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Re: With newer chipsets, is ECC memory slower ? Worth the penalty ?

Paul McHale wrote:
> Thanks for the info.  It sounds like I would be crazy to not use ECC memory.

That all depends on things like the soft failure rate of the memory
used and how much of it you have.

> I tend to leave the PC running 24/7.  That alone might make the ECC worth
> while.

If there is a non-zero soft failure rate, and all memory has a soft
failure rate, then the more memory you have the more likely it is that
you will see a correctable failure.  A machine with small amount of
memory (64 MB?) of good quality at low altitude might go a long time
(year?) without any failures.  A machine with a large amount of memory
(64 GB?) of low quality at high altitude would probably see frequent
(weekly?) errors.  (Yes, altitude has an effect due to space
radiation.)  Most machines fall between those extremes and will have
an error rate in between too.  There are so many variables it is hard
to quantify.

And in order to hit the failure it must occur either in the program or
data that is actually accessed by the system.  An error in a free
block of ram might not cause any trouble.  An error in user space
program might crash that program or worse give a silent data
corruption.  An error in kernel space might crash the system.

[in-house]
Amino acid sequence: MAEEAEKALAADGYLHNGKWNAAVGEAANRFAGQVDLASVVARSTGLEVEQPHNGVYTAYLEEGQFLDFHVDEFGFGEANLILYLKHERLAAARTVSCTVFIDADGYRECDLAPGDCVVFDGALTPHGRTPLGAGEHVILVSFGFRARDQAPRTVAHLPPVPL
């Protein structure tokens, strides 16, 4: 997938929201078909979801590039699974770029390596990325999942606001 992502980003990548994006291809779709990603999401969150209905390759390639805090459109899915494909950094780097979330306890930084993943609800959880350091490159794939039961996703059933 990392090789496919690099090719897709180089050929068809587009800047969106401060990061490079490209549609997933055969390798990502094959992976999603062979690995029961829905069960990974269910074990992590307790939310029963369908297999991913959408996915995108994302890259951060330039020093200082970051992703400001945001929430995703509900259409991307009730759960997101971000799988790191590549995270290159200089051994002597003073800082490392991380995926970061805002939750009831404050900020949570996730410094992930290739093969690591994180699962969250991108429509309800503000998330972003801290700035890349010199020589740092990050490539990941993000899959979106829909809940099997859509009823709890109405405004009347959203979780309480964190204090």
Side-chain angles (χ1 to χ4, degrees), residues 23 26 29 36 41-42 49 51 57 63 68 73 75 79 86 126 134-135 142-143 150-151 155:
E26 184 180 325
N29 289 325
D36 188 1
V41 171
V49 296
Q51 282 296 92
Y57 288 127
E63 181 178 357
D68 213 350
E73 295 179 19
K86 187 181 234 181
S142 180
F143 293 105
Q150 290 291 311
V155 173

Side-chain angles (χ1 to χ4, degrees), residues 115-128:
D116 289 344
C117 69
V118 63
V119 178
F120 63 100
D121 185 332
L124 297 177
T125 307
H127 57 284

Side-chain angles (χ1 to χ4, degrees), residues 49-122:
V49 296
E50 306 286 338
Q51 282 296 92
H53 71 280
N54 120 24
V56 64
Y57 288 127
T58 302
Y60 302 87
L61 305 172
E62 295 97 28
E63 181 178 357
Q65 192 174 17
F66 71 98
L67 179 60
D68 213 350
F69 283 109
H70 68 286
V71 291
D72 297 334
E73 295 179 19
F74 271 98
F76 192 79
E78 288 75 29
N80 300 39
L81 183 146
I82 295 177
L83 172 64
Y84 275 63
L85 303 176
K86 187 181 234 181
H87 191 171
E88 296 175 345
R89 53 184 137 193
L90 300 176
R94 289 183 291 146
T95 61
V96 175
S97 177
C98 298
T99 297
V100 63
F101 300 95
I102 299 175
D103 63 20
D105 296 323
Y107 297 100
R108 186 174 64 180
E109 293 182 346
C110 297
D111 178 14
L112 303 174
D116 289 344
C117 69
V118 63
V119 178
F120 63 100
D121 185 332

On Linux I don't have an easy way to measure the soft error rate.
(Hints accepted!)  But on commercial systems with ECC I see the errors
corrected in the logs frequently.  Some machines never have errors.
Others are always reporting errors.  But they are corrected and no one

Does that mean everybody needs it?  Well, a dual boot desktop machine
with 128 MB of ram which reboots daily between Linux and MS I would
expect not.  So as with most things in life it really all depends and
you just have to choose.

Having said all of that I will say that all of my servers which run
24/7 all have ECC memory in them and they are very reliable.  The disk
drive is the least reliable part for me and I use RAID to offset that.
ECC is barely more expensive than non-ECC.  I always look for ECC when
possible[1].  Unfortunately something known as MQH[2] means that in
the consumer market ECC is hard to find.  As the old joke goes, you
don't have to run faster than the bear.  You just have to run faster
than your buddy also running from the bear.  With the prevalence of MS
systems the chipset vendors have been making cheaper and less reliable


[1] http://www.linuxjournal.com/article.php?sid=4247
[2] http://www.linuxjournal.com/modules.php?op=modload&name=NS-lj-issues/issue79&file=modules.php?op=modload&name=NS-lj-issues/issue79&file=4247s2

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